As the scientists speculate, increased food competition in Loango National Park and possibly elsewhere might be the result of climate change, though more research is needed to be sure.
If this turns out to be the case, however, it’s yet another example of the natural world being turned upside down by human-instigated climate change. Scientists with the Loango Chimpanzee Project have been observing great apes at the park for several years, and they’re learning much about their social relationships, group dynamics, hunting behavior, and communicative abilities.
As the scientists write in their study, these encounters “were always peaceful, and occasionally involved co-feeding in fruiting trees.” And as Osnabrück University cognitive scientist Simone Pika notes in a press release, the team’s colleagues from Congo have even witnessed “playful interactions between the two great ape species.”
So imagine their surprise when, in 2019, the team witnessed not one but two violent encounters, each ending in fatalities.
“Our observations provide the first evidence that the presence of chimpanzees can have a lethal impact on gorillas,” Tobias Deschner, a primatologist at the Max Planck Institute for Evolutionary Anthropology and a co-author of the study, explained in a release from the institute.
“We now want to investigate the factors triggering these surprisingly aggressive interactions,” said Deschner, who leads the Loango Chimpanzee Project alongside Pika. The first encounter, lasting for 52 minutes, happened on February 6, 2019, and it “occurred after a territorial patrol during which the males made a deep incursion into a neighboring chimpanzee territory,” according to the study.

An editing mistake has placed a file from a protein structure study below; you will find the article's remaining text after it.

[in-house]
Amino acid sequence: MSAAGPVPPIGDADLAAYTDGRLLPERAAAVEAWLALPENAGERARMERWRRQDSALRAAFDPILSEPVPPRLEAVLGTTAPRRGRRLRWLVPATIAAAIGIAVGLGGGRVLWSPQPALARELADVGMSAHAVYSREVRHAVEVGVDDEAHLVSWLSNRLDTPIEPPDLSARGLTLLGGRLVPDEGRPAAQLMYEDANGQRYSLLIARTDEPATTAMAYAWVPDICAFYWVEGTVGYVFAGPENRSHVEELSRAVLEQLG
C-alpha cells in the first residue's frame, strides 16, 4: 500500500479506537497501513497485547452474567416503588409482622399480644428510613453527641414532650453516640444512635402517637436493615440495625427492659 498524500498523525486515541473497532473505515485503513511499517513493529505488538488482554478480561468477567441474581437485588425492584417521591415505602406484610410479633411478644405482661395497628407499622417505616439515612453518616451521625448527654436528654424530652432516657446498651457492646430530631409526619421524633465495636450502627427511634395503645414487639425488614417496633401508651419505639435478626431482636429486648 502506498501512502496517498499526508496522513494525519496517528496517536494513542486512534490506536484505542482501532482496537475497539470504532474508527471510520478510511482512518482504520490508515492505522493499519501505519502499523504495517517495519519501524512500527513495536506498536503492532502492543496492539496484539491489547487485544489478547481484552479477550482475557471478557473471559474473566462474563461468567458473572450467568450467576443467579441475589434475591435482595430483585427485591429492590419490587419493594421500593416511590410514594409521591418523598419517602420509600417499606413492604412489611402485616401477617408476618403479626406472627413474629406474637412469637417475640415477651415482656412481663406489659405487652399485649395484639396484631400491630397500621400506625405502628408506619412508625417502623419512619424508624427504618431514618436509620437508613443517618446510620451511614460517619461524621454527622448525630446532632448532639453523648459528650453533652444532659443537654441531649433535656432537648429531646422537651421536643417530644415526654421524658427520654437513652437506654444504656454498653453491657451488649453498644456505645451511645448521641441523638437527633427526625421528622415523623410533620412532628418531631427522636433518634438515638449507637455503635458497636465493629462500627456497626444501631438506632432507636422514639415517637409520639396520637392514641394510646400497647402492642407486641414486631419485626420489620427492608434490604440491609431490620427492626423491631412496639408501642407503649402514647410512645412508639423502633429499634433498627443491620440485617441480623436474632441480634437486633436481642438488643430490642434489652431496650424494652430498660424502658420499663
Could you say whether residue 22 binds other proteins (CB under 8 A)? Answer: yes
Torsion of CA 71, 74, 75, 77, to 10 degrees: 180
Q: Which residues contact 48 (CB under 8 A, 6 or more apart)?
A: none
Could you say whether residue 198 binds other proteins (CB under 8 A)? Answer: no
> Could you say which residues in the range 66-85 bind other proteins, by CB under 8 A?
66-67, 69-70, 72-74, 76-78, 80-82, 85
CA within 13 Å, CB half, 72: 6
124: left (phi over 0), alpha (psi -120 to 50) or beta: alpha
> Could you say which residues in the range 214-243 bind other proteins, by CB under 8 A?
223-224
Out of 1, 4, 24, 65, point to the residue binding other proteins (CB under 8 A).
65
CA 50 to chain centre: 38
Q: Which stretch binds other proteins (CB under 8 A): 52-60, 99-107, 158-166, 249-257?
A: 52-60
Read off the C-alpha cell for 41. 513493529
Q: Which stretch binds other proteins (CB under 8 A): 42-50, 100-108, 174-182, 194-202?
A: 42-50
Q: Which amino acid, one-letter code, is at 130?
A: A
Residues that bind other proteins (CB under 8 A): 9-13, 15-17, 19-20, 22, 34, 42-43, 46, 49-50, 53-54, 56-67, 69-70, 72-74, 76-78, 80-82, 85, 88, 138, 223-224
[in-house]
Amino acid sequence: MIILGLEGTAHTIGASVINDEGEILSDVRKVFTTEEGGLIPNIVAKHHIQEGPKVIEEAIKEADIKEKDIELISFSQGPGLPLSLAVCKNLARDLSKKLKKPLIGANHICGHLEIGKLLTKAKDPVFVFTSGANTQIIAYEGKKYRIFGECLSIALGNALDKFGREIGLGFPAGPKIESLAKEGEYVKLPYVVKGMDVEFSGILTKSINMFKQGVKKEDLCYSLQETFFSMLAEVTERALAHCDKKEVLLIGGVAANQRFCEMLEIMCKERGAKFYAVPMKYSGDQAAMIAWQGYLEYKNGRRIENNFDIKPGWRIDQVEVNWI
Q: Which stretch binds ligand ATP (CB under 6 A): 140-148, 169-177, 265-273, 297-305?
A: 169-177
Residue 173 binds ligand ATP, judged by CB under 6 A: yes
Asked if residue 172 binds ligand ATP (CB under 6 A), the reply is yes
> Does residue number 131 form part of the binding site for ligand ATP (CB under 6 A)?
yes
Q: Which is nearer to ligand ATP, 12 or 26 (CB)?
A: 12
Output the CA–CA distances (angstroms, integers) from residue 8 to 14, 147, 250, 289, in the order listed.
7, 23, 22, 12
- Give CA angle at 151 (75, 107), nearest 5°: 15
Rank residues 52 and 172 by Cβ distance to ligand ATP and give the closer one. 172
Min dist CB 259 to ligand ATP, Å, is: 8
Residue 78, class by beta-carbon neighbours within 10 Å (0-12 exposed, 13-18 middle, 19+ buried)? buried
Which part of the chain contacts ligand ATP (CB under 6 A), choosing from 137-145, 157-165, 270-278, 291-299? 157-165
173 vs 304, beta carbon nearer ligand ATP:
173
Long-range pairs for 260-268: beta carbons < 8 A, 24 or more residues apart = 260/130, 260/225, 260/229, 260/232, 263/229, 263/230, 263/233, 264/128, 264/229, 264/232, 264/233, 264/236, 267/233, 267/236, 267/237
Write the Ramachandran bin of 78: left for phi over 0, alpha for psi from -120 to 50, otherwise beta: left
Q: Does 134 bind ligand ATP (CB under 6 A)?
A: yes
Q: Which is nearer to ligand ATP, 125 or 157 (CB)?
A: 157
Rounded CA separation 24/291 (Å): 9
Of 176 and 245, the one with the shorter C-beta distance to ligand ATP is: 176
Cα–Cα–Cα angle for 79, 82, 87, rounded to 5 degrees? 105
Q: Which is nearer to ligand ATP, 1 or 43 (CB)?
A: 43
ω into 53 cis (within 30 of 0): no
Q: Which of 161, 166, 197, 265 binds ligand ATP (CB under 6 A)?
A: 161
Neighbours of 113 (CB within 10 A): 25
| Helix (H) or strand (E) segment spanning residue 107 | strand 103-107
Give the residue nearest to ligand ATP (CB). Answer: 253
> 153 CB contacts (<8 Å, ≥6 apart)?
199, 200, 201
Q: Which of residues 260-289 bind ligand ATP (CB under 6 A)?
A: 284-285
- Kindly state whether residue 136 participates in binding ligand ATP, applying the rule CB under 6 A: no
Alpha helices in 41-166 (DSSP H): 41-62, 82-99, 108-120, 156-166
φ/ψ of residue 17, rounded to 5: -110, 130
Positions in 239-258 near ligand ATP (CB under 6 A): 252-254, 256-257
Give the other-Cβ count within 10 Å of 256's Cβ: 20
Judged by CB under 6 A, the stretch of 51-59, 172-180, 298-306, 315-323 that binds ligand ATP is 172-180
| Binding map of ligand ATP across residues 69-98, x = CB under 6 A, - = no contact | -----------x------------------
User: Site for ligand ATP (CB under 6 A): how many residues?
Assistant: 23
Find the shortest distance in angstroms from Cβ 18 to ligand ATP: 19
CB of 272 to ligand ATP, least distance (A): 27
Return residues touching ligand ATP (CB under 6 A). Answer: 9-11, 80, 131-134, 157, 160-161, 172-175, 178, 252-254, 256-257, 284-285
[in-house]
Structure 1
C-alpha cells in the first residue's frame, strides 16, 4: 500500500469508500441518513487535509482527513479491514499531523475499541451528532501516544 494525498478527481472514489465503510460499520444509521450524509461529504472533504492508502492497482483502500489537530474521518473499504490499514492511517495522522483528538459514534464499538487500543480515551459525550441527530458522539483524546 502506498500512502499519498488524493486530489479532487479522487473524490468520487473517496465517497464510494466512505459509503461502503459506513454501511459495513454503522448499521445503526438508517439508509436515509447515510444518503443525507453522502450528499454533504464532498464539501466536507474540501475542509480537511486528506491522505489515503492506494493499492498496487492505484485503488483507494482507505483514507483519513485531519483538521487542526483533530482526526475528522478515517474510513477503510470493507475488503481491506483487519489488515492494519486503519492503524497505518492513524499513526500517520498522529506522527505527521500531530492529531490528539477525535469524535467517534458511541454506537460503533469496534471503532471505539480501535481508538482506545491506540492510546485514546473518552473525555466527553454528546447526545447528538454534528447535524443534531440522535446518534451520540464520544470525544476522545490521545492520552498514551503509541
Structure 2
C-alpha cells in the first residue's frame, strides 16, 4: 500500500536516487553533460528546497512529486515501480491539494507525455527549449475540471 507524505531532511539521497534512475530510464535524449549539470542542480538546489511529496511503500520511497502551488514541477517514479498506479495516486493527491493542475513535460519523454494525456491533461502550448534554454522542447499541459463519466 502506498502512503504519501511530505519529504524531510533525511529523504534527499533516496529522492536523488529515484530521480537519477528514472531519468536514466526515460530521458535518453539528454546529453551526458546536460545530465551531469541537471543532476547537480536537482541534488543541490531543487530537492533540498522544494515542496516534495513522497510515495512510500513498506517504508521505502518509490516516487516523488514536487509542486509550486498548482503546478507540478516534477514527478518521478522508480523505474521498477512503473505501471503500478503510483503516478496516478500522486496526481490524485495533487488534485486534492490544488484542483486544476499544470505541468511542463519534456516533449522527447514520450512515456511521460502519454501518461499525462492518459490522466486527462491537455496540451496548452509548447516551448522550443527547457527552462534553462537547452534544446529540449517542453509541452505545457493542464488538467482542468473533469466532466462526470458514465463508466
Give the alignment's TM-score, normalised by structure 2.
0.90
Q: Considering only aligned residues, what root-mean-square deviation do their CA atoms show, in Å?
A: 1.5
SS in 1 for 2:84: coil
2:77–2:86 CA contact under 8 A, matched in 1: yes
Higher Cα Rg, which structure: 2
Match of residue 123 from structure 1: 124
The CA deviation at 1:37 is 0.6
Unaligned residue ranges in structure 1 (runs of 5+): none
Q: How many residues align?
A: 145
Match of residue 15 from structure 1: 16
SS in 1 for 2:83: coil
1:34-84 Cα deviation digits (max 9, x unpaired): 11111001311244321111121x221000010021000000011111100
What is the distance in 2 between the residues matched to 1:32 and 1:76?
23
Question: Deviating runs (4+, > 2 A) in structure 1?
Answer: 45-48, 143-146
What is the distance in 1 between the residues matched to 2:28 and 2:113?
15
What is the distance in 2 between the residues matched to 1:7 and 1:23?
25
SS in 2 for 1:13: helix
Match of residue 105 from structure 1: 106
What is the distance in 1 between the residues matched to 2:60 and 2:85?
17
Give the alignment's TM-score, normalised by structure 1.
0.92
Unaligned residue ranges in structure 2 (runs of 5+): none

“At the first encounter, when we heard the initial chimpanzee screams, we actually thought our chimps had bumped into another group of chimpanzees,” Lara Southern, a Ph.D. student at Max Planck Institute for Evolutionary Anthropology and first author of the study, explained in an email.
“It was only when we heard the first chest beat, a sound which only gorillas make, that we knew something different was about to happen.”
A group of 27 chimps attacked five gorillas—two male silverbacks, two adult females, and one infant.
“In both cases, once the first chimpanzee who saw the gorillas let out an alarm bark or scream, the majority of other group members reacted immediately and joined in, all barking together,” noted Southern.
“The chimpanzees then worked together to single out certain gorillas, and in both events, they were able to separate the baby gorillas from their mother.”
Jessica Mayhew, a biological anthropologist at Central Washington University, said primates adopt different strategies to navigate both intragroup and intergroup conflict and that chimps and gorillas exhibit very different approaches in this regard.
“If you study chimpanzees, you come to expect that any squabble can quickly turn lethal, which is a testament to their excitability but also their incredible speed and power,” Mayhew, who wasn’t involved in the study, explained in an email.